I cannot begin this review without mentioning the humble venue in which it was performed, Hope Mill Theatre. From the quirky vibe that welcomes you in, to the friendly staff who make the evening run smoothly, it is a wonderful setting to be entertained in.
When a 19 year old Salford girl called Shelagh Delaney went to see 'Variation on a Theme' by Terence Rattigan in 1958, she came out of the theatre thinking she could do something far better. Just TWO weeks later she had written 'A Taste of Honey' and this raw and powerful story of poverty, race and sexuality became a crucial part of the 'British New Wave’ and later supplied Morrissey with half the lyrics on the debut Smiths album!
As I sat waiting for the show to begin tonight, I looked at the orchestra pit which is actually a huge hole in the stage of the Garrick and all I could think was "how on earth are they going to manage to navigate around that in heels?"
My mother was a season ticket holder at Maine Road, and my father at Old Trafford, so I’ve always had a good idea of the passion that football can engender in both men and women. That’s why I was intrigued to see Futures Theatre’s production of Offside, written by Sabrina Mahfouz and Hollie McNish in one of only two performances at 53Two.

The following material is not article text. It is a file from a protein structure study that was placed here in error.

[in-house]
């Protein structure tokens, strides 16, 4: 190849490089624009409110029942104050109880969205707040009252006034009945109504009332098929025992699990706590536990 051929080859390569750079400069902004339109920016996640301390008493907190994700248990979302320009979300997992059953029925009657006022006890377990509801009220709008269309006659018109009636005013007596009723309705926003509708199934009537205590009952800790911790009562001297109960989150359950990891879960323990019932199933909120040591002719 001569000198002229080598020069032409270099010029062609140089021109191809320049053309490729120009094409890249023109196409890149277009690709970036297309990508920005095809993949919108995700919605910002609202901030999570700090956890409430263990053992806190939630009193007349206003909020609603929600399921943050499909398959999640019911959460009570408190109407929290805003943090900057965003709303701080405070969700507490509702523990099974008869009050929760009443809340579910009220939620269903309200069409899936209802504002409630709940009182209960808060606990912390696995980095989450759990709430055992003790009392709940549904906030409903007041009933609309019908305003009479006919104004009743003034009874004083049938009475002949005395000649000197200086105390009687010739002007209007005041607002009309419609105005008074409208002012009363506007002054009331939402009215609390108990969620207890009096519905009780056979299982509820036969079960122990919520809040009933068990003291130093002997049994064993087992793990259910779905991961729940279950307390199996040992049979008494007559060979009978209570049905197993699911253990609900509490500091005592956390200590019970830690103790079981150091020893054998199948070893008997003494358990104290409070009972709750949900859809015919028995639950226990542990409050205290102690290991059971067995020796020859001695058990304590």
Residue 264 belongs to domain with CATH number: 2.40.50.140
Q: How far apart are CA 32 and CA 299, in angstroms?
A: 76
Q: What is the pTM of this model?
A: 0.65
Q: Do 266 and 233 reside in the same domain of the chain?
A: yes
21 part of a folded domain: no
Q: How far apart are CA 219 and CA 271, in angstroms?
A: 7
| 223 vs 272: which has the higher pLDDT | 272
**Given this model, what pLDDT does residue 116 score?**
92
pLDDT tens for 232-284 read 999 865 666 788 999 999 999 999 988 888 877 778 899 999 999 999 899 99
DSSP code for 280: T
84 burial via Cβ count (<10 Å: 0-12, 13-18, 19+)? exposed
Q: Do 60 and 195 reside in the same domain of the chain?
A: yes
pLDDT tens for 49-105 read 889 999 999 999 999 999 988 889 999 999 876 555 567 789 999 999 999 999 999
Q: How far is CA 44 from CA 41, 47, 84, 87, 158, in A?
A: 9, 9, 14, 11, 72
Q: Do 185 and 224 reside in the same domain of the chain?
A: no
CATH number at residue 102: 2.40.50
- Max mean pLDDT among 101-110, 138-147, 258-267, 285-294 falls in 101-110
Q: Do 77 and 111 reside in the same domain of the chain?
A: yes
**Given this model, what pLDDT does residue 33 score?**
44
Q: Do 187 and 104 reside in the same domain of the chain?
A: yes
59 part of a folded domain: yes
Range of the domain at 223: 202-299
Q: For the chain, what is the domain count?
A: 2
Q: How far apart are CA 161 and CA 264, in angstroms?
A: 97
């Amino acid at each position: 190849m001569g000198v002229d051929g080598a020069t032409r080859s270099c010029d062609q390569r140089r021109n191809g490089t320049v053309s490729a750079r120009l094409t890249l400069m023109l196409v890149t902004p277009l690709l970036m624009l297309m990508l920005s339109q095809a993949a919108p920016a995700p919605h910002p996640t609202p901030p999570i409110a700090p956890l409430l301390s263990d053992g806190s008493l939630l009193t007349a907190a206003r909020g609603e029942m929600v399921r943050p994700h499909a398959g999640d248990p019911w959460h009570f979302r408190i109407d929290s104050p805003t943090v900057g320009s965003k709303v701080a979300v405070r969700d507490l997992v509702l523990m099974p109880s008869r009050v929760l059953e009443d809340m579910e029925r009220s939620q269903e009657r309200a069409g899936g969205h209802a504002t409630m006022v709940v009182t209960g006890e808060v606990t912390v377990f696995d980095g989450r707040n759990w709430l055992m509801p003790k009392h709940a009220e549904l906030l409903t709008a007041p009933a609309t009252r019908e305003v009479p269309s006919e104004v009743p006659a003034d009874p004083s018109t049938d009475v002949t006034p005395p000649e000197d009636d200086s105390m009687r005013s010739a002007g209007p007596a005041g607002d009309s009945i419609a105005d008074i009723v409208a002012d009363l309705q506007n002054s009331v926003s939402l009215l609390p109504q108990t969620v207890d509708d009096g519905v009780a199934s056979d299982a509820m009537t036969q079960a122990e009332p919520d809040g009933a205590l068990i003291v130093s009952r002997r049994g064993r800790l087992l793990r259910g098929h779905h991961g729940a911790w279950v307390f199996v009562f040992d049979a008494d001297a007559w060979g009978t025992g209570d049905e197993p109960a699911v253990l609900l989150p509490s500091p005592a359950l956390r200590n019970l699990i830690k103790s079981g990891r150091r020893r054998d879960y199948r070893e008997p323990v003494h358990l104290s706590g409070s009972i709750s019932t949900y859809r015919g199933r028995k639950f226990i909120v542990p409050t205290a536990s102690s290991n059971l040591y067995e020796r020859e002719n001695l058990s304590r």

My Dad Wrote a Porno started back in 2015 as a podcast lead by Jamie Morton (writer and director who’s dad indeed wrote a porno) and his two friends, producer James Cooper and BBC Radio 1 presenter Alice Levine, reading, discussing and having a jolly good laugh at his dad’s attempt at erotica Belinda Blinked.
The Hope Mill Theatre is a quaint, unique venue originally created as Manchester’s answer to the Off-West-End scene in London – it houses many musical premieres, revivals and new writing, including the new musical The Visitor’s Book, produced in partnership with Oldham Theatre Workshop.
Loop is an audacious and mesmerising journey through time. Written and directed by Alexander Knott, the play follows the exploits of three generations of the same family, as they traverse the distance between London and Manchester and cope with the same issues of growing up, falling in (and out of) love, and seeing the differences and similarities with one’s parents.
With news of North and South Korea’s leaders meeting for peace talks these past few days, it’s encouraging to know we may not be near the brink of war after all, but it does get you thinking about the impacts war would have on your everyday life.
JB Shorts never fails to deliver exceptional pieces of theatre, consisting of talented actors, writers, and directors from all different levels and experience of work. The collaboration of creativity is what makes this show very special indeed, and after previously reviewing the JB Shorts 18, I couldn’t wait to sink my teeth into the next one.
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